These CPR pre-arrival CPR audio files are provided as examples and can be used for educational purposes and training. Dispatch centers should review and maintain their own audio files for QI and training purposes.
Audio file #1 is an example of suboptimal CPR pre-arrival instructions. In this call, the dispatcher asks the caller numerous "non-urgent" questions which significantly delay the recognition of cardiac arrest and the initiation of chest compressions. The dispatcher should simply ask, "Is the victim breathing normally?" Additionally, the dispatcher also uses the question, "Do you want to start CPR?" instead of using a more assertive phrase such as, "We need to start CPR, I will help you."
Audio file #2 is an example of agonal breathing (or gasping). Note the irregular and prolonged sound the victim makes with each breath, which is often described as "snoring." Agonal breathing can sound differently but this is an example that the breathing is not normal. Most of the time lay rescuers can identify that the breathing of a cardiac arrest victim is NOT normal.
Audio file #3 is an example of very good CPR pre-arrival instructions. The dispatcher recognizes the cardiac arrest very early in the call and is assertive in the instructions. The dispatcher instructs the caller to immediately get the victim out of the car and onto a firm surface to initiate compressions. This is often difficult depending on the size of the victim and the rescuer. The dispatcher instructs chest compressions only with a very assertive tone. She asks the question, "Is he breathing normally?" When the answer is "no" she instructs the caller to continue chest compressions. Additionally, the dispatcher recognizes agonal breathing and immediately instructs the caller to continue CPR. It is important to remember that sometimes cardiac arrest victims will gasp during CPR and when that occurs, CPR should be continued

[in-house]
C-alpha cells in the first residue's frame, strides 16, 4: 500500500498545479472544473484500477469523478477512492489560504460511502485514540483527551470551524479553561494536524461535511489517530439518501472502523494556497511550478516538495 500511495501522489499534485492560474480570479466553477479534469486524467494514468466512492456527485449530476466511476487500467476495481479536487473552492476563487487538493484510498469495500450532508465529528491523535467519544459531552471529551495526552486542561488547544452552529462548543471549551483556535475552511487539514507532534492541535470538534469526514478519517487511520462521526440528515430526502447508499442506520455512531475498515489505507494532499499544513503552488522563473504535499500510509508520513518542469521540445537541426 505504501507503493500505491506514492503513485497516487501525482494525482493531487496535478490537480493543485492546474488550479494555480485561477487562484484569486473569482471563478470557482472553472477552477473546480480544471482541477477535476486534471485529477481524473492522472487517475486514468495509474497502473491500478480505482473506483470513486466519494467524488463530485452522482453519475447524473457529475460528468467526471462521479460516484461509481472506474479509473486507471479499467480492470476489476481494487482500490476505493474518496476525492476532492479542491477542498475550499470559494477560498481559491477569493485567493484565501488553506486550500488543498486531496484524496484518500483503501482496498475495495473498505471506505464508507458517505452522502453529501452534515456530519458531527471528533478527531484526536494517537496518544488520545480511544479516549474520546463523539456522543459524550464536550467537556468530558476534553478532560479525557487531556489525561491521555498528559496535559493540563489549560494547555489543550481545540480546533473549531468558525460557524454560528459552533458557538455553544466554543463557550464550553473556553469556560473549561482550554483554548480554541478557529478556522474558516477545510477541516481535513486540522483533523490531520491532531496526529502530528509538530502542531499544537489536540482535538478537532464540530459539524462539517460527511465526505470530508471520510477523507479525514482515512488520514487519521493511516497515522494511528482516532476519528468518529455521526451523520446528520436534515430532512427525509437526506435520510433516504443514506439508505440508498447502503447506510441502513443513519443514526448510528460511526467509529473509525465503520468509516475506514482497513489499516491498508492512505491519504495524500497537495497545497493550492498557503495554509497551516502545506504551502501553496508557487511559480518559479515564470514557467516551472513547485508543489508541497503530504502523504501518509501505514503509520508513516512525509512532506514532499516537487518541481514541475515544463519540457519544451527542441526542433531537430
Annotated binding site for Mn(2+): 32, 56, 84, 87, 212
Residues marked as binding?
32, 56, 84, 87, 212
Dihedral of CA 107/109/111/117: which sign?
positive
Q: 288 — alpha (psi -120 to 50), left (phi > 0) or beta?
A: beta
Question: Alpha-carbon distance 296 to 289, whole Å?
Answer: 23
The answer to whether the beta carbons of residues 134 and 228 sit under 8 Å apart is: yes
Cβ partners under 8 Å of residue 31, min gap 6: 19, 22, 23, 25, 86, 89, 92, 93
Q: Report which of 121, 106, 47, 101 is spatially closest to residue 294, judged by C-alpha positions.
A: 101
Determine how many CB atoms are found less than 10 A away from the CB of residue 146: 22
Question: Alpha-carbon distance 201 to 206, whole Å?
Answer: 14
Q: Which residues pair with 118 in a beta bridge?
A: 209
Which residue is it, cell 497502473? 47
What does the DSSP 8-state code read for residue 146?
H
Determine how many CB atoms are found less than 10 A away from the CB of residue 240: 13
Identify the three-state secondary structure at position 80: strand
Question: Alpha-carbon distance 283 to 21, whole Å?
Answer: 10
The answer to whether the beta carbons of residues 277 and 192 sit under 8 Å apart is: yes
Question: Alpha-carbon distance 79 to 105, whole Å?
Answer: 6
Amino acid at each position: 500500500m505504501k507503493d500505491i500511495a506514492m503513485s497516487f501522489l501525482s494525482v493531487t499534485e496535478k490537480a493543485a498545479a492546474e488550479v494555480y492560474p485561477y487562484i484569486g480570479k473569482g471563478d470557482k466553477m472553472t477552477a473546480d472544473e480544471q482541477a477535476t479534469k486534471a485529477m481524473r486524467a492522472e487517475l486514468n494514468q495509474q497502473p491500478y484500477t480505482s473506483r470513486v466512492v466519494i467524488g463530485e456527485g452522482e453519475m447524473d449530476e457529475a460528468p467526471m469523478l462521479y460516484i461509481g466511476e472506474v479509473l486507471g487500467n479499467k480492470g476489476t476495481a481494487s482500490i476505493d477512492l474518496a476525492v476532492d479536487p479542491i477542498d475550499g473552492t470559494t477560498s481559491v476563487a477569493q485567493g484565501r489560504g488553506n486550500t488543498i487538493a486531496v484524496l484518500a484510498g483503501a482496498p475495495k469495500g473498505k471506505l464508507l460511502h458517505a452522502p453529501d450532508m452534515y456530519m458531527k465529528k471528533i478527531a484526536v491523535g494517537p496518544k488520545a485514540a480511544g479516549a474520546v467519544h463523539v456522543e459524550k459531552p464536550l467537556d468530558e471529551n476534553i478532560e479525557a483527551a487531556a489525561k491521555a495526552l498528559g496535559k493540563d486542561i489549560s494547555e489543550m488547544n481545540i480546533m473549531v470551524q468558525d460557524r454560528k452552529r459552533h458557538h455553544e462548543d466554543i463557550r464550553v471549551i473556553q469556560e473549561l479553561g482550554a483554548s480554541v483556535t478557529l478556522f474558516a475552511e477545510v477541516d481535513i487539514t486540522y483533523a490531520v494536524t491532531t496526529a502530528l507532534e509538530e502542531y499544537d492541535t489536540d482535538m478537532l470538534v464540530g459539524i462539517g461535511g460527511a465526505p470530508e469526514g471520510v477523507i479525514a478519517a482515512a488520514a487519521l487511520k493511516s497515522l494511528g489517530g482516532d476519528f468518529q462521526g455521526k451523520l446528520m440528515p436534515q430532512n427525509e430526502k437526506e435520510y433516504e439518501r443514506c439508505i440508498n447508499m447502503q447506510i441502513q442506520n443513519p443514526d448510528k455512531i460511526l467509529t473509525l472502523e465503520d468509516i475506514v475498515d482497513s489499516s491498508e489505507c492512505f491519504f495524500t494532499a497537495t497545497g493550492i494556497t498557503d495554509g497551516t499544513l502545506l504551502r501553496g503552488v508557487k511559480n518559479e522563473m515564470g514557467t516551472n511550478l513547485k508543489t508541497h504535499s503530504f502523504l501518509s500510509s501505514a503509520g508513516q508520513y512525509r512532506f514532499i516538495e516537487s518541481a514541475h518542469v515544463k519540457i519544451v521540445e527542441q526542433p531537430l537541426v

Audio file #4 is another example of excellent CPR instructions. The dispatcher is assertive yet calms the very excited caller. The dispatcher tells the caller, "I can give you CPR instructions, get the victim on the floor." The dispatcher also coaches the caller to initiate and continue chest compressions and even makes sure the chest compression rate is at least 100 compressions per minute by having the caller count out loud. He repetitively tells the caller, "faster, faster." Importantly, the dispatcher has the caller continue chest compressions up until the time trained rescuers arrive.
Audio file #5 "This recording demonstrates a cardiac arrest victim who initially had movements which were interpreted by the bystander as a seizure. The victim was also not breathing normally as evident by the audible agonal respirations you can hear on the tape. The dispatcher quickly recognizes the cardiac arrest scenario and instructs the bystander on how to perform chest compressions. As she does this, the bystander notes that the victim "begins to breath again." Then she stops and the victim stops breathing completely. This is not an uncommon scenario where a cardiac arrest victim will have some movements which are mistaken for seizure activity. Also, when chest compressions are provided, cardiac arrest victims will often gasp. When this occurs, unless the victim becomes responsive and has normal breathing, CPR should be continued."